An insight by a British scientist has suggested a new way to communicate with people in coma.
The Organization for Human Brain Mapping Conference witnessed Martin Monti of the Medical Research Council's Cognition and Brain Science Unit in Cambridge explaining his recent work which could help communicate with people who are in a vegetative state.
A study conducted in 2006 pertaining to a woman in coma for 6 months had intrigued Martin. The scans showed that the woman played imaginary tennis and was even able to respond to commands. This led Monti to believe that reading brain scans of coma patients may help understand the way to communicate with them.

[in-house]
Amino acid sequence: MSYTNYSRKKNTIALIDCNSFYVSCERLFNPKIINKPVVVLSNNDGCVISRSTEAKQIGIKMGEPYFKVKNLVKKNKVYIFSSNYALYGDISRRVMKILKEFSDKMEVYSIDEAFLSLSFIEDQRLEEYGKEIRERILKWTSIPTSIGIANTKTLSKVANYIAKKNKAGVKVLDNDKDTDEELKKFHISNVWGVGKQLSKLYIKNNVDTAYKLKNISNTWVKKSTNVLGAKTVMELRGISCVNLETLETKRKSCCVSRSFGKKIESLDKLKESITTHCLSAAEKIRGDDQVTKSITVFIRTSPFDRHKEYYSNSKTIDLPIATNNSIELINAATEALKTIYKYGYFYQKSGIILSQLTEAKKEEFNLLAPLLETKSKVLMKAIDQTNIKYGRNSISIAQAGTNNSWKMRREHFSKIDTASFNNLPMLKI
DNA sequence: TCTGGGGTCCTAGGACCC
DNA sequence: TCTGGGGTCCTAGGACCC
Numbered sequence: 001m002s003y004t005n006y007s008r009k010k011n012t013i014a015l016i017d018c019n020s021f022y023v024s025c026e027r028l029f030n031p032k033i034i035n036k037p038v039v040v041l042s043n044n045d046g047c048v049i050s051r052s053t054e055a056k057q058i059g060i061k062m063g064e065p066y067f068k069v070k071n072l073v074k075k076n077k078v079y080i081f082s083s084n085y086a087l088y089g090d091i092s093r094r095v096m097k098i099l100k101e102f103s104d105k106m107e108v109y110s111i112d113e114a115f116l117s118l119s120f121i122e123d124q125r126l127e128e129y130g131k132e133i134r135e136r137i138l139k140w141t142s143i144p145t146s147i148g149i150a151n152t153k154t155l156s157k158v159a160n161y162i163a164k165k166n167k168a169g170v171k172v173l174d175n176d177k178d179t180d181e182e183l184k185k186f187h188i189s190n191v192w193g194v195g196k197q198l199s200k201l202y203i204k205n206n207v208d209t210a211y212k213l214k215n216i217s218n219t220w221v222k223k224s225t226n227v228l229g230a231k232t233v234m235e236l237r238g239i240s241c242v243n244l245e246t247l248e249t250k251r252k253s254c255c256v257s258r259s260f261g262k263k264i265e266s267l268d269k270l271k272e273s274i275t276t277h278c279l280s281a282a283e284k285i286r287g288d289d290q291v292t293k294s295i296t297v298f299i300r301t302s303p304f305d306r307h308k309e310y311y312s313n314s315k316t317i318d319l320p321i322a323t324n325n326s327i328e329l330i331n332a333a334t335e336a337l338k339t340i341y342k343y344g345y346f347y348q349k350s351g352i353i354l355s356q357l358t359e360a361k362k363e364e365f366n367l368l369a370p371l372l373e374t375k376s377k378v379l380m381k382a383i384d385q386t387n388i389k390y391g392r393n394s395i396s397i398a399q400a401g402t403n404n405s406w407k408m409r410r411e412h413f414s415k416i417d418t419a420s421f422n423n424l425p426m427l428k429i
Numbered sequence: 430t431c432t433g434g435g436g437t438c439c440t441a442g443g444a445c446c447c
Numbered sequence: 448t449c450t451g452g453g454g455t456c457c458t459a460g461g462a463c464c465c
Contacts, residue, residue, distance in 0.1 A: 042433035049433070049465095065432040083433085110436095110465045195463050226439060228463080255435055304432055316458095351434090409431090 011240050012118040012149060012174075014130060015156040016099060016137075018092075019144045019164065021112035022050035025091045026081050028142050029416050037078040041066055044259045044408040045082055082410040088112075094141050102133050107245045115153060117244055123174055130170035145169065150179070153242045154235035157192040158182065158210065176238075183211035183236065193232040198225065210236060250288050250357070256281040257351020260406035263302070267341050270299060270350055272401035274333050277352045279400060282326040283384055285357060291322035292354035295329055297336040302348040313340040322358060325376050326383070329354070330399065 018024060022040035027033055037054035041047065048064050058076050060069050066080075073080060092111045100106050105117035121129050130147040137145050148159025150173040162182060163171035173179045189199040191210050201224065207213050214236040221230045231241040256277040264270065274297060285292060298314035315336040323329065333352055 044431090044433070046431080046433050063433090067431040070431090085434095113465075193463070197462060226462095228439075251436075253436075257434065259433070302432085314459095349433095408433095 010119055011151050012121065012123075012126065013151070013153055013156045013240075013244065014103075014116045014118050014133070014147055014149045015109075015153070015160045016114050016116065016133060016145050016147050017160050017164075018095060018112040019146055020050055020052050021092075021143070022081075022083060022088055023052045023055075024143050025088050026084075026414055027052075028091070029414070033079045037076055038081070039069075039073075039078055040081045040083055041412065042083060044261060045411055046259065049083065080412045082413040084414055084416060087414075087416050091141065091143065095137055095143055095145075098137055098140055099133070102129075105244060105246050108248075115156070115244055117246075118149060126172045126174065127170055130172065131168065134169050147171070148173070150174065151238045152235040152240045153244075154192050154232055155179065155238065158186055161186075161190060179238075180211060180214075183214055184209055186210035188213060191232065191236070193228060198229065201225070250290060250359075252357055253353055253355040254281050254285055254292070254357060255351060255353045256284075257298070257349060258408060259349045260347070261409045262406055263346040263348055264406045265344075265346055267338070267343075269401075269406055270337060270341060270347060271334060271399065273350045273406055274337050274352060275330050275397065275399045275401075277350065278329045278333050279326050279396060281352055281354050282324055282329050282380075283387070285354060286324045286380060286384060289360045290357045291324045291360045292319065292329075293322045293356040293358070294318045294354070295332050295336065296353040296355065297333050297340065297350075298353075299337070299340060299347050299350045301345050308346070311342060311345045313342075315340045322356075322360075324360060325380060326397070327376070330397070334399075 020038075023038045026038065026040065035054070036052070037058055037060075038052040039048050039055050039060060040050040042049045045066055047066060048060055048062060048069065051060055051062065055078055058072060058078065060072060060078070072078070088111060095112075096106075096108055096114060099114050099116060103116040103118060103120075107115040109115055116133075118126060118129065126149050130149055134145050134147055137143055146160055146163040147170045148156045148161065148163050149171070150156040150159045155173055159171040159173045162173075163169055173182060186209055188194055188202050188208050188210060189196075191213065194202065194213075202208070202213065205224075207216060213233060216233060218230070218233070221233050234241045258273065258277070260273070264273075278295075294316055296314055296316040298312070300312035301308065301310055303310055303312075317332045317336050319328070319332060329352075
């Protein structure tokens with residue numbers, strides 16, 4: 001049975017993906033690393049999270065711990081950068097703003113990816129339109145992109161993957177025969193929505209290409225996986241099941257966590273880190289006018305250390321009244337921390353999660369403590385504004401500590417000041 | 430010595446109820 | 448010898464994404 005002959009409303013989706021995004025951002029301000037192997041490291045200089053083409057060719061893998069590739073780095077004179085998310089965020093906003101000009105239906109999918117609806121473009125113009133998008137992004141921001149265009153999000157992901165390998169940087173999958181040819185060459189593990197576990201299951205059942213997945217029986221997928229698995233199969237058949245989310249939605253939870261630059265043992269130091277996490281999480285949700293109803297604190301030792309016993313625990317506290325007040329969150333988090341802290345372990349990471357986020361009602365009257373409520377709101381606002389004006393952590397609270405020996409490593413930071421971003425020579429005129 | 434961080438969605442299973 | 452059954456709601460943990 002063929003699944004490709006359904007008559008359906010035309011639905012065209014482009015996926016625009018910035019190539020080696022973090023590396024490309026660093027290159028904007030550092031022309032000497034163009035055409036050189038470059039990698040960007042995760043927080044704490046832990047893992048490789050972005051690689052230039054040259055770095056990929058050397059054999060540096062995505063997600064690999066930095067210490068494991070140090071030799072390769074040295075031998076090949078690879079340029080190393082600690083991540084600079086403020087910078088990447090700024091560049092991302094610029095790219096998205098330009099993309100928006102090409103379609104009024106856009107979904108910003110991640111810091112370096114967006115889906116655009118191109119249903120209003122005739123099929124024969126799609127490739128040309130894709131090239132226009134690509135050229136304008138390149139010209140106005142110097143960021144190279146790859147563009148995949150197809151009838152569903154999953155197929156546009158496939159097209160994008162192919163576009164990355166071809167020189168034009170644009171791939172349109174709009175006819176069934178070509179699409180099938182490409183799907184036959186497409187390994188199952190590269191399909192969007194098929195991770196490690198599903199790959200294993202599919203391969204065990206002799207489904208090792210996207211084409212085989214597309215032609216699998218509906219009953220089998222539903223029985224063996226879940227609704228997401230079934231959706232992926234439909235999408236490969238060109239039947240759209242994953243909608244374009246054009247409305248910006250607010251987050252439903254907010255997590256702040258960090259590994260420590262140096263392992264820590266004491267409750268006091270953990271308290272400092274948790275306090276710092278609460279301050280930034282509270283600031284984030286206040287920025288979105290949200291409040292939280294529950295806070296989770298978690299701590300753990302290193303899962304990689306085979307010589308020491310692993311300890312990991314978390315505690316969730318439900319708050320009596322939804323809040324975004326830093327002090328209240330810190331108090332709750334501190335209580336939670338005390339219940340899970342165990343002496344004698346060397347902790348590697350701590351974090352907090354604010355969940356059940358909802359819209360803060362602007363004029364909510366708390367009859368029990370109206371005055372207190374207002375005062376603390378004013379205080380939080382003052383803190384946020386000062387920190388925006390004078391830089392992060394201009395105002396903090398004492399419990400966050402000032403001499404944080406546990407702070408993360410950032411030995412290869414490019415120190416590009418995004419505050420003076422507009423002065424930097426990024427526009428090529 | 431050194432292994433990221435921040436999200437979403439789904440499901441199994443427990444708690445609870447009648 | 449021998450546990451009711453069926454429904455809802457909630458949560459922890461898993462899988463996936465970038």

Monti and his colleagues studied the brain activity of 16 healthy volunteers using functional magnetic resonance imaging (fMRI) scans. During the study, subjects were asked to imagine they were playing tennis; they were also asked to steer their way into a familiar street in imagination. The two activities suggested to the participants, as part of the study, was capable of energizing different areas in the brain which the FMRI could pick up.
"We were looking at the scan in real time as the participant was imagining their response and we were seeing in real time the different parts of the brain getting active or inactive," he said.
According to Monti, the study holds great promise, portraying a 100% success rate in receiving an accurate answer and with this the hope of helping comatose patients communicate with their dear ones may soon be a reality.